Flat fields, chiefly serving the useful purpose of the market-gardener, constitute the scenery immediately next the road on leaving Barking; but beyond them, across the turbid estuary of the Thames, made by the witchery of the sunshine to glitter and sparkle as though its waters were of the purest—beyond them rise in the distance the Kentish hills, where the woods of Bostal look down upon busy Plumstead. One mile from Barking, and the traveller sees, rising before him on the[265] right of the flat road, the dark clustered red brick chimneys of an ancient mansion: a furtive-looking, secretive place, for all its size and the fine Tudor style of its architecture. This is Eastbury House, long since abandoned by its owners as a fitting residence, and now occupied by a market-gardener. It was probably the solitary position of the old house and its peculiarly ominous air—as though it could tell a tale an it would—that originally procured it the reputation of being a meeting-place of the conspirators in the Gunpowder Plot. Certainly no scene-painter could devise anything more likely, by the look of it, to have taken part in some dread conspiracy. The very bricks seem to ooze secrets, and in the low doorways and up the darkling staircases Catesbys and Digbys and Guy Fawkeses might reasonably have hidden—only we know they did nothing of the sort, and that the legends about Eastbury House are all fudge and flapdoodle, invented to take away the character of a poor old mansion with no friends of its own. Still, when, as you explore the place, a terrific hullabaloo is heard in one of the staircase turrets and a something black and explosive comes bounding out of a doorway, the incident has perhaps some little heart-shaking qualities, due directly to those legends. It is only when you discover that something to be a spitting and indignant cat, followed by a fox-terrier, that the incident resolves itself into the commonplace.

At Rainham—whose beauties and points of interest, if they exist at all, only reveal themselves to those who have much time to seek them—we do not call a halt, but pass on to Wennington, similarly circumstanced.[266] Beyond this place, instead of taking the Purfleet road, we bear left, and go uphill to Aveley, along a more secluded way than that by the waterside. Interesting old churches here and at Stifford will repay examination and give an interest that the scenery now begins to lack. For here we are come again to the levels and now find ourselves in a tract of country that still retains its old-time name of “Orsett Fen,” even though the fen itself be gone and long level fields take its place. Orsett village itself partakes of this market-gardening and cabbage-growing character, and is distinctly rural, with crazy, weather-boarded cottages a feature of its street. Here our road turns sharply to the right, and again, at the “Cock Inn,” as sharply to the left along a very straight, flat, and dreary highway, whose forbidding character is, however, mitigated by the lovely views of the Essex hills at Laindon and Horndon-on-the-Hill, on the left hand, forming a green and well-wooded range almost at right angles with our course. We have met those hills before in these pages, and somewhat more intimately, and know, therefore, that the distant view of them from these levels is the better part.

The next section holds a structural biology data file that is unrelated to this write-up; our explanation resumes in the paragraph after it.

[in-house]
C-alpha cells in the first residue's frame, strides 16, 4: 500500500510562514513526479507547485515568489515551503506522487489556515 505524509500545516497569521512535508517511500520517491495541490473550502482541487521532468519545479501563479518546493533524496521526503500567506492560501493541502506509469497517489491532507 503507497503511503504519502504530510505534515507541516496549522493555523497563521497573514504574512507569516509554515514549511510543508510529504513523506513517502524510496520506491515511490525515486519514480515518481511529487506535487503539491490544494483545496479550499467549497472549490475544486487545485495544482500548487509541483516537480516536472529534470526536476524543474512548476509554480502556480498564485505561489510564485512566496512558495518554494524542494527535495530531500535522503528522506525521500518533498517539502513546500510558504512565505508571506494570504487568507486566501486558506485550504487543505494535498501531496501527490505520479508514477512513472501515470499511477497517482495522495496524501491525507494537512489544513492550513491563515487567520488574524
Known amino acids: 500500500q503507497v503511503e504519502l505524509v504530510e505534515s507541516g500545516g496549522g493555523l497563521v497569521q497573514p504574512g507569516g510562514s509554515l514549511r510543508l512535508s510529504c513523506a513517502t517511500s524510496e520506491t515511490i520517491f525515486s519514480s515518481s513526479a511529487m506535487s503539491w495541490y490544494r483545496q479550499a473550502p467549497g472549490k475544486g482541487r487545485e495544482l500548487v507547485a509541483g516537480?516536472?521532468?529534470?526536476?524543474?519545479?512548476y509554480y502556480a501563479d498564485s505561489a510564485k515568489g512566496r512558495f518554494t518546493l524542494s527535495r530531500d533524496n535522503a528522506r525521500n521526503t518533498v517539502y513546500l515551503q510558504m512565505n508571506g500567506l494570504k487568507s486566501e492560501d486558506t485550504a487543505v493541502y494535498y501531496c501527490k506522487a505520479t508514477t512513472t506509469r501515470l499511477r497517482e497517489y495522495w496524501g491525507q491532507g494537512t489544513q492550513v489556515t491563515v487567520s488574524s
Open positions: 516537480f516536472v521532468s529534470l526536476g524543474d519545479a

Stanford-le-Hope now comes in view, on the other side of a hollow where a little stream flows to the Thames, two miles away, past the suggestively named village of Mucking. Away across the flats comes the bellowing of the great steamships making for Thames Haven, or passing up to or down from London; and when night has come, the red eye of a lighthouse, screwed to piles set in the fathomless mud, winks solemnly at you from out of the vagueness.
We will pass Vange and Pitsea, on their elevated sites, without comment, the last-named leading on to Hadleigh without any intervening village; for Thundersley, midway between the two, is placed half a mile off the road. Thundersley is a very small and very inoffensive little place, in spite of the terrific dignity given by its name. From the high-placed churchyard of its beautiful but dilapidated little Early English church, the eye ranges over Benfleet and Cauvey Island, and over a worl